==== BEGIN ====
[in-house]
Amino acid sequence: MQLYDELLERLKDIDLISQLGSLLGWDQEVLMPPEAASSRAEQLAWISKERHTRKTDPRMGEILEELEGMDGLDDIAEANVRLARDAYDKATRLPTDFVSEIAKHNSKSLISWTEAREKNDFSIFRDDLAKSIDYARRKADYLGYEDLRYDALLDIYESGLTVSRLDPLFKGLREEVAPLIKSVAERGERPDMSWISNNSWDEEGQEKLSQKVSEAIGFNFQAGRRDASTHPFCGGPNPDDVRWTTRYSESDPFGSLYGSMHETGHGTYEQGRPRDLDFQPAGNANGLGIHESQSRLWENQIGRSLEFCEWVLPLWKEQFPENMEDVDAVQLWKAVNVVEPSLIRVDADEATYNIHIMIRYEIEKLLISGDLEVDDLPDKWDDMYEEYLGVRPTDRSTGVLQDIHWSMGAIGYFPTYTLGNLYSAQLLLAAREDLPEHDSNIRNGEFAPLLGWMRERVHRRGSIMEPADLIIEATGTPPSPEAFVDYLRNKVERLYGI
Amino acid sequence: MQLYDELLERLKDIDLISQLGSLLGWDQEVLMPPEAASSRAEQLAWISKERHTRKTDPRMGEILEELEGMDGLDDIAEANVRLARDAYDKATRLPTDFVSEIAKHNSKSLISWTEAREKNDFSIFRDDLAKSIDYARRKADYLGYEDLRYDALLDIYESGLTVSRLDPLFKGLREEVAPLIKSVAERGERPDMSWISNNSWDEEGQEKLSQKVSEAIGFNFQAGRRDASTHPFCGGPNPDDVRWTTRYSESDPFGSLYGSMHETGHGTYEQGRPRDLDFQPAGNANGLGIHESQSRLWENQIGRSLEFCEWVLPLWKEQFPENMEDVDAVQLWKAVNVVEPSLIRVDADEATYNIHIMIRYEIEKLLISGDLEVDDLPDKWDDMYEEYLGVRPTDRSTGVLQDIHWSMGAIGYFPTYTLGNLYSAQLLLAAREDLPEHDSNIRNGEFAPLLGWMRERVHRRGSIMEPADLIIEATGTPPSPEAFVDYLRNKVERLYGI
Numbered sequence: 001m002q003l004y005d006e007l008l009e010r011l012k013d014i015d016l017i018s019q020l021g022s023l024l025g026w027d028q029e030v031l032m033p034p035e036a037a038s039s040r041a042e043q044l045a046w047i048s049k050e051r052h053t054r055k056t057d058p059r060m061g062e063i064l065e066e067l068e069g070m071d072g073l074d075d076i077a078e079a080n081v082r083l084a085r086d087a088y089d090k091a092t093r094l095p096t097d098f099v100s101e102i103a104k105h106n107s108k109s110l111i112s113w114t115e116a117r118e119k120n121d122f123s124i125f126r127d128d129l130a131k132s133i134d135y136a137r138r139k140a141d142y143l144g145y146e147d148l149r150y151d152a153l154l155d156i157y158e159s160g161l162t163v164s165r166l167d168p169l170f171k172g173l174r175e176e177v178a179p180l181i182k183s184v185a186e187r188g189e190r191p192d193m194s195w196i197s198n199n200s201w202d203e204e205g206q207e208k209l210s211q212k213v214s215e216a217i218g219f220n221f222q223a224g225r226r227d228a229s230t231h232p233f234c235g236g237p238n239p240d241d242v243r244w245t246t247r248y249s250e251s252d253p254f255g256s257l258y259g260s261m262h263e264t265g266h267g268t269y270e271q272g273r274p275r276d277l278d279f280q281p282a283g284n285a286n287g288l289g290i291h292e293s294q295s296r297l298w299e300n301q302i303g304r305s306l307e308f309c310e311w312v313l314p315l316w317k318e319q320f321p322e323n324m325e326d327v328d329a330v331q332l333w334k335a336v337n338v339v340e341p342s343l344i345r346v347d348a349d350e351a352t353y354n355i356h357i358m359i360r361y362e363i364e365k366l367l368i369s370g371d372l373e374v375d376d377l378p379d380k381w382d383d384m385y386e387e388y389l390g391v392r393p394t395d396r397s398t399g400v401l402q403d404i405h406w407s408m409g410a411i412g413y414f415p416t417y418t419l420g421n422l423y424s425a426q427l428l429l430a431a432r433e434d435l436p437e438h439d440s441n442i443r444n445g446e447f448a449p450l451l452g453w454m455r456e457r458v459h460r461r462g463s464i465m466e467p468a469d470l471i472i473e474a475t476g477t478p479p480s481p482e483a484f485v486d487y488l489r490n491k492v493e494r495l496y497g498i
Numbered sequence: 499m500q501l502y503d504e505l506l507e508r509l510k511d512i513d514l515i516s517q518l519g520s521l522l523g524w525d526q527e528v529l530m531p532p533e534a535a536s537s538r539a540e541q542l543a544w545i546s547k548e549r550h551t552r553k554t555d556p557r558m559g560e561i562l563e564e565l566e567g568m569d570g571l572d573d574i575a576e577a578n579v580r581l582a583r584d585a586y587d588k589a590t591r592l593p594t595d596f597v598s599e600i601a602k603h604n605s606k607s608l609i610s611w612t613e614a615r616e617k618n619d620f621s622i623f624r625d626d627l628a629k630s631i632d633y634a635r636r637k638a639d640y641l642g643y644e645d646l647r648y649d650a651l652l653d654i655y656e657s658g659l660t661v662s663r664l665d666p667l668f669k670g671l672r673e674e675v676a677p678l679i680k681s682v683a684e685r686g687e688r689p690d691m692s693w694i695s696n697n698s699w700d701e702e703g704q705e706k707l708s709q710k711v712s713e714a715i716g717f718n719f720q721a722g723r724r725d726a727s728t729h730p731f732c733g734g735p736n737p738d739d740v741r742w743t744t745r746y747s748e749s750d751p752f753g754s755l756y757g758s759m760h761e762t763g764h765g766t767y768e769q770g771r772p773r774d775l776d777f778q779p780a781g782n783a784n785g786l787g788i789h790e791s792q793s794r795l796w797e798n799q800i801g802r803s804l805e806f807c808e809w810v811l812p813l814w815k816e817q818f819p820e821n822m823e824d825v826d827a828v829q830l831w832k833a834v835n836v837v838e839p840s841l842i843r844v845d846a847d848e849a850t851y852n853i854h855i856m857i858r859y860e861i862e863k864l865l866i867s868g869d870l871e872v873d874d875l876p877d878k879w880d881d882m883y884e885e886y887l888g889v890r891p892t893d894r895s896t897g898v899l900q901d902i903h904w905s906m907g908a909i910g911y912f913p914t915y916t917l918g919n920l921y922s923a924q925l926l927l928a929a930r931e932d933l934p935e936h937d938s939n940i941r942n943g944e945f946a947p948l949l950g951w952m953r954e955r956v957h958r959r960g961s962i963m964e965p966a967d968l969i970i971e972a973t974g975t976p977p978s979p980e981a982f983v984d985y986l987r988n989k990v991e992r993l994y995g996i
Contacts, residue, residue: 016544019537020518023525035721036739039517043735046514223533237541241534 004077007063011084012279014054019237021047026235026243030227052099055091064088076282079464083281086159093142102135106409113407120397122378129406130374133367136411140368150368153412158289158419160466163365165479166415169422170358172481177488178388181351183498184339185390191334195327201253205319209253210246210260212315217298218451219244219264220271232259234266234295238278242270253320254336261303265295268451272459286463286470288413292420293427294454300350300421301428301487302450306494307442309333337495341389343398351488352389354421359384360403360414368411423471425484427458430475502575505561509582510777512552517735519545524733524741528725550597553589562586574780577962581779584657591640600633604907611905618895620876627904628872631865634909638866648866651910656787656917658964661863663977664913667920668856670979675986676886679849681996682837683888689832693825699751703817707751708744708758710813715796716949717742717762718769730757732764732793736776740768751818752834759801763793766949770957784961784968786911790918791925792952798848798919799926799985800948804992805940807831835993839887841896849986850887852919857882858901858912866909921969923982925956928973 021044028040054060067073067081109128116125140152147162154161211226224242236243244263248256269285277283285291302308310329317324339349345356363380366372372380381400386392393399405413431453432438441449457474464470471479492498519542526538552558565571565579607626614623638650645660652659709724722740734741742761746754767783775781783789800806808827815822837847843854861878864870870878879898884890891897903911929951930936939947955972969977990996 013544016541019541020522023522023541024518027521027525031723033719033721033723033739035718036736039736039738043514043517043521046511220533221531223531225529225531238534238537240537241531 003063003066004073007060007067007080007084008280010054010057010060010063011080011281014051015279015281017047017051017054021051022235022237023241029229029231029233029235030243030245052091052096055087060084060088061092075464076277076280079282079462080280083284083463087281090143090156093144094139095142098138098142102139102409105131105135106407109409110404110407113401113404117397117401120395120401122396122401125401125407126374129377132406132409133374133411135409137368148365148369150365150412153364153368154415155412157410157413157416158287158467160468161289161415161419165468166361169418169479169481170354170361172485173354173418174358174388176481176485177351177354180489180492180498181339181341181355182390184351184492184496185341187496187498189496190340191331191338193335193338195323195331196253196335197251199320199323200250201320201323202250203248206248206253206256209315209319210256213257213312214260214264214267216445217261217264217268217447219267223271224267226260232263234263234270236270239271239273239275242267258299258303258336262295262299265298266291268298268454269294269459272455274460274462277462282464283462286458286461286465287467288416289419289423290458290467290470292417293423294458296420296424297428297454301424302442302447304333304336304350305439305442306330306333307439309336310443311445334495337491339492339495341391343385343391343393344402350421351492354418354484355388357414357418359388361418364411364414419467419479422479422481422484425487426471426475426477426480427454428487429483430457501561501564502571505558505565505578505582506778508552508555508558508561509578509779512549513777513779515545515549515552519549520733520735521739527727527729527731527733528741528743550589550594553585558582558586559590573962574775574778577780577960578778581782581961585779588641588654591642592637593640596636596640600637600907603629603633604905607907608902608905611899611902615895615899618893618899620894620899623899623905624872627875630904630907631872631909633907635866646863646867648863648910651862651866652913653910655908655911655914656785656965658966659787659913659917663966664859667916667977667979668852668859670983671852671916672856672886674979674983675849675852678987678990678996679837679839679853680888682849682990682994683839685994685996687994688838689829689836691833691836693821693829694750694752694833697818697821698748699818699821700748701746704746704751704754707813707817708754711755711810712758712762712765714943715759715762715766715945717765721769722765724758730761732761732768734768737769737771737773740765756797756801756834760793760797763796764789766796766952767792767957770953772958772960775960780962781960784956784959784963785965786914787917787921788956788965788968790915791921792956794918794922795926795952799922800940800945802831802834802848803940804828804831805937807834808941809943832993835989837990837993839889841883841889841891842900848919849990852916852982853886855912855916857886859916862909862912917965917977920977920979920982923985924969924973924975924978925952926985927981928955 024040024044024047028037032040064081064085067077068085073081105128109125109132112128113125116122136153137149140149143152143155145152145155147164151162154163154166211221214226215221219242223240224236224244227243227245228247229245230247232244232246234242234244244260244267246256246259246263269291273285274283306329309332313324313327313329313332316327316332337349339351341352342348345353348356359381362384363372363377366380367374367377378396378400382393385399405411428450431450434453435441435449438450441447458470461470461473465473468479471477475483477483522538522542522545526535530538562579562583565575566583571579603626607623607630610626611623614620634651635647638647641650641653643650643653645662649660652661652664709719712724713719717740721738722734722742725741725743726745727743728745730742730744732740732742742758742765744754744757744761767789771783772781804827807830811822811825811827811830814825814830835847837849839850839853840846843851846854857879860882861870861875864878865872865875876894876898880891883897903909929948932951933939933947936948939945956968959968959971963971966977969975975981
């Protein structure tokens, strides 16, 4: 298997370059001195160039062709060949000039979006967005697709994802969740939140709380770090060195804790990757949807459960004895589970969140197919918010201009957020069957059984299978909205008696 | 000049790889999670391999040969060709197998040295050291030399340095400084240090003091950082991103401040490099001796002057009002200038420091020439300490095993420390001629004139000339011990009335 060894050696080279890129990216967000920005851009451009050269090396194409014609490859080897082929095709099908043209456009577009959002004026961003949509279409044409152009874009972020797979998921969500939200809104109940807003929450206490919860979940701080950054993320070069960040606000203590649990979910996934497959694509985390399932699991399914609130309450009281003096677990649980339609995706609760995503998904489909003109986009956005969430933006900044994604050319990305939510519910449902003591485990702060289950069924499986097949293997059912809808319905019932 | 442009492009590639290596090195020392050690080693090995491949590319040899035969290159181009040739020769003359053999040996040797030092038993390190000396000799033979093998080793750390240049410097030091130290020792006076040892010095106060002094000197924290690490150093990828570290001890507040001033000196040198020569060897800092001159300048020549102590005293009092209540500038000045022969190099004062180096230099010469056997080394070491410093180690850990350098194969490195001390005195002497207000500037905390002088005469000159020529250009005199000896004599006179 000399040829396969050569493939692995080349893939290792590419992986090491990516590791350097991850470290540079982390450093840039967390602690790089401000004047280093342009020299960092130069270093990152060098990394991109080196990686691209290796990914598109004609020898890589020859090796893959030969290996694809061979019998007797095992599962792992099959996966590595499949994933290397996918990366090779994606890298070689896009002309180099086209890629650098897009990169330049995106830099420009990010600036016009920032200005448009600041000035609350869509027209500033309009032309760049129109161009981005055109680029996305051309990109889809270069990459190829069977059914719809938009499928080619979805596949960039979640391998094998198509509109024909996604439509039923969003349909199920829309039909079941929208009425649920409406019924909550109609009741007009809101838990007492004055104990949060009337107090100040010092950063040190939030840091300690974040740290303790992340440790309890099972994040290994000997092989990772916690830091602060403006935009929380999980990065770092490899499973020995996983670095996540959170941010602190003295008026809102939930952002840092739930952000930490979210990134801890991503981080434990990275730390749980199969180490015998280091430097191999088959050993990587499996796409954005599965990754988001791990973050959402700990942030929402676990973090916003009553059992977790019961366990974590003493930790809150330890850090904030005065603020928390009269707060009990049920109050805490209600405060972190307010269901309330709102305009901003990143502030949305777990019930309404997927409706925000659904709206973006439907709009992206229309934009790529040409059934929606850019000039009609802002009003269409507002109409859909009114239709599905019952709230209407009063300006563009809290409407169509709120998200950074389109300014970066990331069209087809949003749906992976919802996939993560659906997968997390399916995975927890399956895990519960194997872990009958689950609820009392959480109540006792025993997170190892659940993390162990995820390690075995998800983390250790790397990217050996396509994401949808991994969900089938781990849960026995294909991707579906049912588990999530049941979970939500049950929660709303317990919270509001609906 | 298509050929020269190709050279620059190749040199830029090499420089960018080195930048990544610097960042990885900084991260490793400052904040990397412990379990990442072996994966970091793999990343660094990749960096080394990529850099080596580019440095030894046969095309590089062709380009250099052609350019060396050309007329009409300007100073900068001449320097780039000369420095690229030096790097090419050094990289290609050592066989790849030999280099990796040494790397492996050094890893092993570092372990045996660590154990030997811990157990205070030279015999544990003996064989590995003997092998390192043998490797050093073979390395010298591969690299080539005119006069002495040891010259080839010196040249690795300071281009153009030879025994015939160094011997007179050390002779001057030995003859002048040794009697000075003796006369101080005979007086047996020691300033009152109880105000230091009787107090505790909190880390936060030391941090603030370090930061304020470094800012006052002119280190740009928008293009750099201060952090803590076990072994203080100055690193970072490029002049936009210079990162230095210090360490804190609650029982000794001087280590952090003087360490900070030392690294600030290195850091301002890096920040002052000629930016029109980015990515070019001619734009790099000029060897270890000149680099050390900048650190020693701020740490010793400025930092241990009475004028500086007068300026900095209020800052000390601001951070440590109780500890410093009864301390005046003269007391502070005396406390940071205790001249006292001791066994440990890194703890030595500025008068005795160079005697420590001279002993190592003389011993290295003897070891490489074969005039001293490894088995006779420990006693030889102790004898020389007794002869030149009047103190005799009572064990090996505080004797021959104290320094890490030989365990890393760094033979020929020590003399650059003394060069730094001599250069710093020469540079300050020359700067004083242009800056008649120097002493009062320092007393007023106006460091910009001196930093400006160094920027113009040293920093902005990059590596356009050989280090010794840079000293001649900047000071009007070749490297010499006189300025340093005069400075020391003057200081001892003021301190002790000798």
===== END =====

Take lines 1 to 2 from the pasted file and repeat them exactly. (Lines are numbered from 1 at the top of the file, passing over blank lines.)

[in-house]
Amino acid sequence: MQLYDELLERLKDIDLISQLGSLLGWDQEVLMPPEAASSRAEQLAWISKERHTRKTDPRMGEILEELEGMDGLDDIAEANVRLARDAYDKATRLPTDFVSEIAKHNSKSLISWTEAREKNDFSIFRDDLAKSIDYARRKADYLGYEDLRYDALLDIYESGLTVSRLDPLFKGLREEVAPLIKSVAERGERPDMSWISNNSWDEEGQEKLSQKVSEAIGFNFQAGRRDASTHPFCGGPNPDDVRWTTRYSESDPFGSLYGSMHETGHGTYEQGRPRDLDFQPAGNANGLGIHESQSRLWENQIGRSLEFCEWVLPLWKEQFPENMEDVDAVQLWKAVNVVEPSLIRVDADEATYNIHIMIRYEIEKLLISGDLEVDDLPDKWDDMYEEYLGVRPTDRSTGVLQDIHWSMGAIGYFPTYTLGNLYSAQLLLAAREDLPEHDSNIRNGEFAPLLGWMRERVHRRGSIMEPADLIIEATGTPPSPEAFVDYLRNKVERLYGI